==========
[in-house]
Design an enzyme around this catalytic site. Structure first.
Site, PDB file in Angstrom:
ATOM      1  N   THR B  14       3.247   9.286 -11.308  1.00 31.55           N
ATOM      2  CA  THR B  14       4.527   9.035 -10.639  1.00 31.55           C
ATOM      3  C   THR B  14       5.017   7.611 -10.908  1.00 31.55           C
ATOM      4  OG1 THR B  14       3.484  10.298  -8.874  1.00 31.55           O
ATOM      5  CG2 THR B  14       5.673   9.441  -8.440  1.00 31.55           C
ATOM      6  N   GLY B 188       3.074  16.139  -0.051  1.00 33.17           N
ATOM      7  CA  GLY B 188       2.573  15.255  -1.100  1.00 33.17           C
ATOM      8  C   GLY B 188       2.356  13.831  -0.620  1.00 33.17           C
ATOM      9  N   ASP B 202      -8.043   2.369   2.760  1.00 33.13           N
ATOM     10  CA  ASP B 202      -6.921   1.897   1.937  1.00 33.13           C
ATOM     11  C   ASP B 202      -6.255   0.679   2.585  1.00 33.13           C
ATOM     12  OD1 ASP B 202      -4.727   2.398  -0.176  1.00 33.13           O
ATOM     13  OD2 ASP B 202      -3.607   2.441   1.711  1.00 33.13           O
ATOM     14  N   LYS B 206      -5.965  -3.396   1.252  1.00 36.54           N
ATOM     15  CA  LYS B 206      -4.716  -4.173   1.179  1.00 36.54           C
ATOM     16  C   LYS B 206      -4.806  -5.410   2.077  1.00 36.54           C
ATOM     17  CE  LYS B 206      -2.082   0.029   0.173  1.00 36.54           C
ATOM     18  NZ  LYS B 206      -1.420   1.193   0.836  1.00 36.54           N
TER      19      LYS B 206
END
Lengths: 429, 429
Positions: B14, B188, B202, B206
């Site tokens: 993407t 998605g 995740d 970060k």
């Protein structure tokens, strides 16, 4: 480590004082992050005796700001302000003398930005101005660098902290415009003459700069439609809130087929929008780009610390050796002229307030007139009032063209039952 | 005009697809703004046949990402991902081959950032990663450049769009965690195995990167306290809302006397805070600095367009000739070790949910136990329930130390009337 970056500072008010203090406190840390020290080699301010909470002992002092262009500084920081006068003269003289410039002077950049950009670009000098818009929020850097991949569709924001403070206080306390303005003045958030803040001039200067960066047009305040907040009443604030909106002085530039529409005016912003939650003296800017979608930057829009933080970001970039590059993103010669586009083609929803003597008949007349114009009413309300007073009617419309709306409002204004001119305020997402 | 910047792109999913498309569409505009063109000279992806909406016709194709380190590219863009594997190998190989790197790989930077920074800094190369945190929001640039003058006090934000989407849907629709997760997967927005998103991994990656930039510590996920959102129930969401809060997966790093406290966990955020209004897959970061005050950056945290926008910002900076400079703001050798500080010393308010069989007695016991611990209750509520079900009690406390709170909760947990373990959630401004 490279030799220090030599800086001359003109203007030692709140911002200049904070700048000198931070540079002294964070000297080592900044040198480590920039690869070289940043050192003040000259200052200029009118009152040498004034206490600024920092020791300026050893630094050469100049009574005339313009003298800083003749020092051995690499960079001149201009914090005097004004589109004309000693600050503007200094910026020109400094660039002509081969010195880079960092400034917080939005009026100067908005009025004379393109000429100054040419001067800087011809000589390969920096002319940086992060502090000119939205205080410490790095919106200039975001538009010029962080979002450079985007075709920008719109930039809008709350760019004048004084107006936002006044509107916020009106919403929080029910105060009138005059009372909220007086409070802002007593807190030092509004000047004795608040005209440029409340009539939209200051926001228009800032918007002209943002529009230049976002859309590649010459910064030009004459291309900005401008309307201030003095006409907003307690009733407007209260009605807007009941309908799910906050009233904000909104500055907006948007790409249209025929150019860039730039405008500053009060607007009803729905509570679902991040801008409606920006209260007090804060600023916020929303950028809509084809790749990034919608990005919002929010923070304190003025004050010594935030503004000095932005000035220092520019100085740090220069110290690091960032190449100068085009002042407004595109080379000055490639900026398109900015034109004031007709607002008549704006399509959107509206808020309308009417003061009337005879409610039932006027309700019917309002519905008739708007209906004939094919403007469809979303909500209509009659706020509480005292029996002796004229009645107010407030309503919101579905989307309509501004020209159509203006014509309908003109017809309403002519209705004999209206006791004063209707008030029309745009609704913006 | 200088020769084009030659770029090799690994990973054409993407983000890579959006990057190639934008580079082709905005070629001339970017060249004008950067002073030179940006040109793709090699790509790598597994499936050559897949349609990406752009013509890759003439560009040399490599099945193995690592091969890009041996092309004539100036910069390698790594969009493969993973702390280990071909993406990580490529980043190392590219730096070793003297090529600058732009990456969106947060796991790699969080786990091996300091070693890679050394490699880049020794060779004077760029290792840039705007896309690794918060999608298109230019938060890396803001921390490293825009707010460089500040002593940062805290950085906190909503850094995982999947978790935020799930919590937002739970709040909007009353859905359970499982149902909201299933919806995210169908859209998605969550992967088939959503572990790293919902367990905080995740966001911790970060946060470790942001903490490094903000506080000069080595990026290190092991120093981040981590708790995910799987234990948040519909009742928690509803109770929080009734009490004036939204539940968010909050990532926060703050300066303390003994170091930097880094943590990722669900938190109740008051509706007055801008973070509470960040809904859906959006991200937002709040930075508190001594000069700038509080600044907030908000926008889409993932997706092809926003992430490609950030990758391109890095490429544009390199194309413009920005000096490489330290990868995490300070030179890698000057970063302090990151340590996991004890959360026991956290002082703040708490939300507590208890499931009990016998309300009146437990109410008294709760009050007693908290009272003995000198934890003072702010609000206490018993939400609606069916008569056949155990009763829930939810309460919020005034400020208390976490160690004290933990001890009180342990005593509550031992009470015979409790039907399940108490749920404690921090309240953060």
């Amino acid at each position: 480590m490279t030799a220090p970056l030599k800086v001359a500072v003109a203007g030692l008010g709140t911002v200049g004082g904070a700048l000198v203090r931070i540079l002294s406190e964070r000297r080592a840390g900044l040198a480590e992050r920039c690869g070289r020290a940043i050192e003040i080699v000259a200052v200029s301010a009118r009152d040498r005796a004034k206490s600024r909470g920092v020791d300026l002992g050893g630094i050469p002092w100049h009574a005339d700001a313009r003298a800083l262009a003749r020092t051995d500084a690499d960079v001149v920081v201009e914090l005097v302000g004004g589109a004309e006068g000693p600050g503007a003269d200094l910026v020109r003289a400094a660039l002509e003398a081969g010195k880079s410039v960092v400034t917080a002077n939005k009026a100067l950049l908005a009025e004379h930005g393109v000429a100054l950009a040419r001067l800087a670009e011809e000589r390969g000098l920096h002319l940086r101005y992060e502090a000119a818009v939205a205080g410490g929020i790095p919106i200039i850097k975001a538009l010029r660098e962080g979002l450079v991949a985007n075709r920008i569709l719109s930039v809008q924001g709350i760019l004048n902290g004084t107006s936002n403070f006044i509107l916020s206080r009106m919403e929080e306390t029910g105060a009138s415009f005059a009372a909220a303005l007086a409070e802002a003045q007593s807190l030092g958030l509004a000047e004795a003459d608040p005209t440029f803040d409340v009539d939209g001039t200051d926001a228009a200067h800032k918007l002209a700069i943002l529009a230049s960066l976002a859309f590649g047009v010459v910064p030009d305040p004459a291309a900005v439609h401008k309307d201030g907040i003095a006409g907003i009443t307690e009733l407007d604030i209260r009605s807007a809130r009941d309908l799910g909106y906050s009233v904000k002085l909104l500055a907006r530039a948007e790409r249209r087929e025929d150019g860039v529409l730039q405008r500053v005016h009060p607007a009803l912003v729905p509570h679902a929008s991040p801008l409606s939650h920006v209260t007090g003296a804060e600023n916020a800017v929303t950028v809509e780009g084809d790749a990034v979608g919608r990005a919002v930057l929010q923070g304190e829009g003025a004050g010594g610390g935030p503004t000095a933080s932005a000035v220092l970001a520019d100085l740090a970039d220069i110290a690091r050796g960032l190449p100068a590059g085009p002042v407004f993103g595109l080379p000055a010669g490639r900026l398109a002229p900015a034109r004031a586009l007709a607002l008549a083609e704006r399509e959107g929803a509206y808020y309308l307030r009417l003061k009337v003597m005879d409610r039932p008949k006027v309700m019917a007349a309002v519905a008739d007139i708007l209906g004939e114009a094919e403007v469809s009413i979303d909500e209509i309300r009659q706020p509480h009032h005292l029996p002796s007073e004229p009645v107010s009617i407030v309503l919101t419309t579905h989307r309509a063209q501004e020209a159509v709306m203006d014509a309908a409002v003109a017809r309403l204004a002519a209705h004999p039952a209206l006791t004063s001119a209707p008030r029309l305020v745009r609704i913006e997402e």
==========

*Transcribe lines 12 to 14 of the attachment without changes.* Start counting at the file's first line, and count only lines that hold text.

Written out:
ATOM      9  N   ASP B 202      -8.043   2.369   2.760  1.00 33.13           N
ATOM     10  CA  ASP B 202      -6.921   1.897   1.937  1.00 33.13           C
ATOM     11  C   ASP B 202      -6.255   0.679   2.585  1.00 33.13           C